People often confuse information protection with IT security. One of the reasons I resist the compartmentalization of my craft as an automated, software driven process is that as important as it is, IT security not only reduces the scope of my work by at least two-thirds, but it misses the point of what it means to truly enable protection for the intangible. The important task of protecting information absolutely depends on people who are interested, educated and dare I say it, passionate. Security doesn’t work without a high level of consistent human engagement. Privacy fails without passion and respect. In fact, no modern, human activity functions effectively without a high degree of emotional investment.
Why is this? Why can’t we systematize everything and build an app for it? Because we are dealing with a substance free from physical properties. Information is intangible, tasteless, colorless and for the most part, odorless. It is perhaps the most impactful of substances, driving world economies and impacting everyone on the planet on a very individual level. And so, our relationship with information is very personal and delicate. Although it doesn’t impact our senses the way a piece of cheese or silly putty do, it can assault our being and drive our existence in powerful ways. And yet, we cannot touch it.
We can contain it, constrain it, shape it and share it. We can use it to sculpt truly divine creations or to cause catastrophic destruction. And so it scales. It touches us at a molecular and emotional level. It affects our organizations and economies on a gigantic scale. It generously allows us to tame it, selflessly allowing us to claim credit for its infinitely beautiful uses and reap the profits of using it to our benefit. If I always describe it in almost anthropomorphic terms, it’s because it has almost angelic properties. It is better than us. It is deeply rooted in data. It is precise, articulate and discretely connected.
Information is a reflection of us. It can be kind or harsh, specific or vague, concise or verbose, trivial or meaningful, ugly or beautiful. But it is always genuine and for that reason, we instinctively care for it in a different way than we care for its raw materials: data. Without realizing it, much of what we do on a daily basis is a quest for developing new ways to embrace information, to nurture it, repurpose or abuse it.
We imagine, then invent exciting mechanisms, processes, apps or gizmos just so we can drop data into them and with a child’s wide eyed anticipation, observe as these are transformed into meaning. Is that not the very essence of power? Information is malleable and compliant, allowing us to adapt systems that exploit its wonderful promises and unlock its enormous potential. But it is only on a personal or social level that we can truly understand it, relate to it and yes, protect it.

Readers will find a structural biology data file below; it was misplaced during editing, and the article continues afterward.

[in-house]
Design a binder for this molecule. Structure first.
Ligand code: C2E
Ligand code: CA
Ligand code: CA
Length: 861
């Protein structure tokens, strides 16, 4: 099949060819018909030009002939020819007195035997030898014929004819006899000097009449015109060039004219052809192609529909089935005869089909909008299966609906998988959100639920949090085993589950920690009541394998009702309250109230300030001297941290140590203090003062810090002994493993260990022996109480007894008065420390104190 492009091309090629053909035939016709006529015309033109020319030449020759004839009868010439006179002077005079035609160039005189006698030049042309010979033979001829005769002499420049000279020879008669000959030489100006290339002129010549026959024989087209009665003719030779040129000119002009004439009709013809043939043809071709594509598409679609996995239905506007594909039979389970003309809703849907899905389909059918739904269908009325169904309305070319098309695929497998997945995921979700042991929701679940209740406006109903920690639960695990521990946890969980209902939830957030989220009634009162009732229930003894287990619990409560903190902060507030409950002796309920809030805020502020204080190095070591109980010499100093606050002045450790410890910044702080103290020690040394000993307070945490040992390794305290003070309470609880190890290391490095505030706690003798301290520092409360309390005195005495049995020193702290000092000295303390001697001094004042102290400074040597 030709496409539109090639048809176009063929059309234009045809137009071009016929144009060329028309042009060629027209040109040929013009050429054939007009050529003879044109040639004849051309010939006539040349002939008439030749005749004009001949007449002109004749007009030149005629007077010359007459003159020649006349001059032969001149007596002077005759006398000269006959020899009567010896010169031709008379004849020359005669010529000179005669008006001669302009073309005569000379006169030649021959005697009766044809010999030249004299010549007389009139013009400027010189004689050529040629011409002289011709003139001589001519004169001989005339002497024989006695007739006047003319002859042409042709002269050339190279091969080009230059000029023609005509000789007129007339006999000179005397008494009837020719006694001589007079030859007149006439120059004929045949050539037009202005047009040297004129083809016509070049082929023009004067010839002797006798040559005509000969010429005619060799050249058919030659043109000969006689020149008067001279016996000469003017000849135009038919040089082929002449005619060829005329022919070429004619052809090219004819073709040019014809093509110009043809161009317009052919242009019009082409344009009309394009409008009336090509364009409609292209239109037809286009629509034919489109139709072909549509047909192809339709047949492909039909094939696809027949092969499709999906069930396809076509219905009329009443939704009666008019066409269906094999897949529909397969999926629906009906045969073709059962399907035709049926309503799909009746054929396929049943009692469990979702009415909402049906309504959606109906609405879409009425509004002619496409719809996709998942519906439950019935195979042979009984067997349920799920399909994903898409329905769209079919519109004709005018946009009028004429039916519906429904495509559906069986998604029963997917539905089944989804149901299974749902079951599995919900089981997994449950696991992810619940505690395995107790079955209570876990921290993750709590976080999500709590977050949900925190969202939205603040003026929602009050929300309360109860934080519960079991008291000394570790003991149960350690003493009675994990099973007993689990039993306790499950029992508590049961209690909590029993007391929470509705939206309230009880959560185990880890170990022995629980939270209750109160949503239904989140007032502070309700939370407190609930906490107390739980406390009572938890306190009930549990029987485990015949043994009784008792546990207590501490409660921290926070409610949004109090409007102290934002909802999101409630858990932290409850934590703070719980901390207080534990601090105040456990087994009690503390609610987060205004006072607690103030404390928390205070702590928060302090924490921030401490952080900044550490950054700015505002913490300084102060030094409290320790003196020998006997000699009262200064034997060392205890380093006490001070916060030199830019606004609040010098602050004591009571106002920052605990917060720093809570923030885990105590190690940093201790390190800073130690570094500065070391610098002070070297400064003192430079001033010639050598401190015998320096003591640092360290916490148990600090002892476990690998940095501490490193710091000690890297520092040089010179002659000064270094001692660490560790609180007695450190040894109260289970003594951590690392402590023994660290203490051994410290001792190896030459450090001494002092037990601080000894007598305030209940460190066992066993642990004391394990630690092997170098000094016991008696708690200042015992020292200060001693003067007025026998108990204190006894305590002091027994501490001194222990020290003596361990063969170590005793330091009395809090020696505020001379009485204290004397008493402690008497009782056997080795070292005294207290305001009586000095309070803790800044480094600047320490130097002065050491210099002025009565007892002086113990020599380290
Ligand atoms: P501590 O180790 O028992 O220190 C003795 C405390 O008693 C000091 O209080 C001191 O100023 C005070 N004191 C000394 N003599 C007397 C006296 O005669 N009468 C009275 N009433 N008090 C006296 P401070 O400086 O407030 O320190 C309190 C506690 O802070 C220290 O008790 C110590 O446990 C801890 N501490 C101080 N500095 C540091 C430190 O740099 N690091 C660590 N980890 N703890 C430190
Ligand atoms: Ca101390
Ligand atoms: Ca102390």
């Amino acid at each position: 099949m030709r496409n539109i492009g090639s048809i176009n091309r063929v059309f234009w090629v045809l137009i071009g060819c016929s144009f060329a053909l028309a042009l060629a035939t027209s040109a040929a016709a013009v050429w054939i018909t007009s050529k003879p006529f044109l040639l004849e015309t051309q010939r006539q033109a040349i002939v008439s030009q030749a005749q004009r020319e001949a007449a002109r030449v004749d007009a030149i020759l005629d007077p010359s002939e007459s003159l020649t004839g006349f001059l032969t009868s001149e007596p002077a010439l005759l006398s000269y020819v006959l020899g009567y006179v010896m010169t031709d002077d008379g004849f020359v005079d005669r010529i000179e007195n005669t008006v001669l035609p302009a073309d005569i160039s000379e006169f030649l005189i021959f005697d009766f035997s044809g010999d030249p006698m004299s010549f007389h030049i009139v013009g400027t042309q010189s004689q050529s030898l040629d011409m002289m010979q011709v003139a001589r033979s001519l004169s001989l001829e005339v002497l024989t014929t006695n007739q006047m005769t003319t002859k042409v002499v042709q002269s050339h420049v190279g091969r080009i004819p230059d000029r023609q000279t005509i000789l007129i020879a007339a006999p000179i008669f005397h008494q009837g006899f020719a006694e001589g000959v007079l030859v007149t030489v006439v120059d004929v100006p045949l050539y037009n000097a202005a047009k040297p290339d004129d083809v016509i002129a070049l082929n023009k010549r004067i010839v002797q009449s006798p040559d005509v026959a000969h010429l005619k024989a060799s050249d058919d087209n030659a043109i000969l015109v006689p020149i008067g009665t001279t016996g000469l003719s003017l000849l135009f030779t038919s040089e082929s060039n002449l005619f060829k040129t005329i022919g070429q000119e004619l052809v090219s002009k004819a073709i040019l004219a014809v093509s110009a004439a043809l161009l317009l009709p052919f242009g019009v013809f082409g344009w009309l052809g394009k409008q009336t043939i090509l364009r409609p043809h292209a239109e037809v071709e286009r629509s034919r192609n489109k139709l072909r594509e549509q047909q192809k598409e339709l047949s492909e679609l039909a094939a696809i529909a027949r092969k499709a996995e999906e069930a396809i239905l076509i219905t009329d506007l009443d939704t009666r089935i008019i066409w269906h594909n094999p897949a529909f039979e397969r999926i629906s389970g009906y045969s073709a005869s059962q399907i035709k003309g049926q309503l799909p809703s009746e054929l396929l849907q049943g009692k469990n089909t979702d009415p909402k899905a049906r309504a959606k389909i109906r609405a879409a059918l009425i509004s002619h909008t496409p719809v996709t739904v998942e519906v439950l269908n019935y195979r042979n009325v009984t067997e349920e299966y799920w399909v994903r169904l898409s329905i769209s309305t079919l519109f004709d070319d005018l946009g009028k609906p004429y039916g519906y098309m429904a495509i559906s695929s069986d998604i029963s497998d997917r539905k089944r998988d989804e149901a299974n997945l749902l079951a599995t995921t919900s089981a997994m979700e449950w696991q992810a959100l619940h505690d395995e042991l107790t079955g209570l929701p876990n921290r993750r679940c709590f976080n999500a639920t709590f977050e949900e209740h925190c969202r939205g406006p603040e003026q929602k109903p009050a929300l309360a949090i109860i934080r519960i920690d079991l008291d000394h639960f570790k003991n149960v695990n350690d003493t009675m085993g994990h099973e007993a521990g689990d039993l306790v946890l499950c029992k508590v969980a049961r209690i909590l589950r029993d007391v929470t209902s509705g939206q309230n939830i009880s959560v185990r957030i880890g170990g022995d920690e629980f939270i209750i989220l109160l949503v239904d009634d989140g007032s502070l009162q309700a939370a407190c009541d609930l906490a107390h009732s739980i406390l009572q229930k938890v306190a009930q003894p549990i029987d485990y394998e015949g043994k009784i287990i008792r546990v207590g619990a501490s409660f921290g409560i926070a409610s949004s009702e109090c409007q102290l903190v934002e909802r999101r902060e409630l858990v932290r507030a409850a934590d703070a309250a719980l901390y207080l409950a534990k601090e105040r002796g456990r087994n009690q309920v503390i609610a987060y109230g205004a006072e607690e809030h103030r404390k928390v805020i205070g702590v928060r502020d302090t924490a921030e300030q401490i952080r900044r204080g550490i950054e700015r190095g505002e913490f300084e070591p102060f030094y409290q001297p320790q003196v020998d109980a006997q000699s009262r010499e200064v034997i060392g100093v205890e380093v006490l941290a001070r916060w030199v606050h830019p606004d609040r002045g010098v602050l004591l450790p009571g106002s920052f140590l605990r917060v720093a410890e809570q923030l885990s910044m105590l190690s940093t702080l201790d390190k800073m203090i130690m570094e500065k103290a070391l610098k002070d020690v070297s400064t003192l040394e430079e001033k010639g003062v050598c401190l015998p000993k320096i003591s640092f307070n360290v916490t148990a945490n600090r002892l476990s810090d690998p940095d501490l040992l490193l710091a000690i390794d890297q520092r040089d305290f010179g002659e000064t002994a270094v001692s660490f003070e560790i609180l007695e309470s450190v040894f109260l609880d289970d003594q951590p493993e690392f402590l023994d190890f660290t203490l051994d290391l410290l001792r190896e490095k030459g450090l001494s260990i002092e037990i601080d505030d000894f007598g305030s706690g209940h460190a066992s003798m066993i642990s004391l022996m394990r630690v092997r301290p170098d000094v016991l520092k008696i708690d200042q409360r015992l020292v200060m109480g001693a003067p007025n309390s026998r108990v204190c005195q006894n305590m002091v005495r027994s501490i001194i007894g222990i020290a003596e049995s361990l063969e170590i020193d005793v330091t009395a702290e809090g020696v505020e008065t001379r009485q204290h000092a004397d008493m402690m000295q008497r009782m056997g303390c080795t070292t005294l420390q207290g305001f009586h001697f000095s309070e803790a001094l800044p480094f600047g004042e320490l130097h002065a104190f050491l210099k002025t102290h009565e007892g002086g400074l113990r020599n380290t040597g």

So if you argue that information is a commodity, I will cautiously agree. But the ways we share the world with this entity are anything but trivial. Data are, and is, eternal. It’s out there, everywhere, independent of us. Information however is elusive, special and transient. Information appears when we pay attention. It is the exquisite nectar derived from training our wits on collecting and interpreting instantiations of this ambient element. And the resulting elixir has spurred humanity’s progress since the beginning of time. This quest for cumulative knowledge separates us from most other living things. Every innovation you hear about on a daily basis has to do with improving on the use of data for artistic, scientific and economic purposes. Exceptional computing mines, distils and purifies quality data. Exceptional people thrive on information. Information is data with purpose, scope and dimension. Data scientists are the artists and alchemists of our time. And so, our achievement is the product of two entities: people and information. Do we love it? You bet. Are we responsible for protecting it? Absolutely. Can we entirely delegate? Never. And that’s the beauty of this symbiotic relationship.
Some (more) delectable evidence:https://web.archive.org/web/20130903235645if_/http://embed.ted.com/talks/david_mccandless_the_beauty_of_data_visualization.htmlhttps://web.archive.org/web/20130903235645if_/http://embed.ted.com/talks/hans_rosling_shows_the_best_stats_you_ve_ever_seen.html
Finally, you can’t be a true information junkie without marveling illustrated logarithmic timelines, in particular those meticulously “arranged” by one John B. Sparks, dating back to 1932. These fascinating early infographics used to sell for just $1. But don’t let me spoil your fun. You and Google can look up Histomaps right here.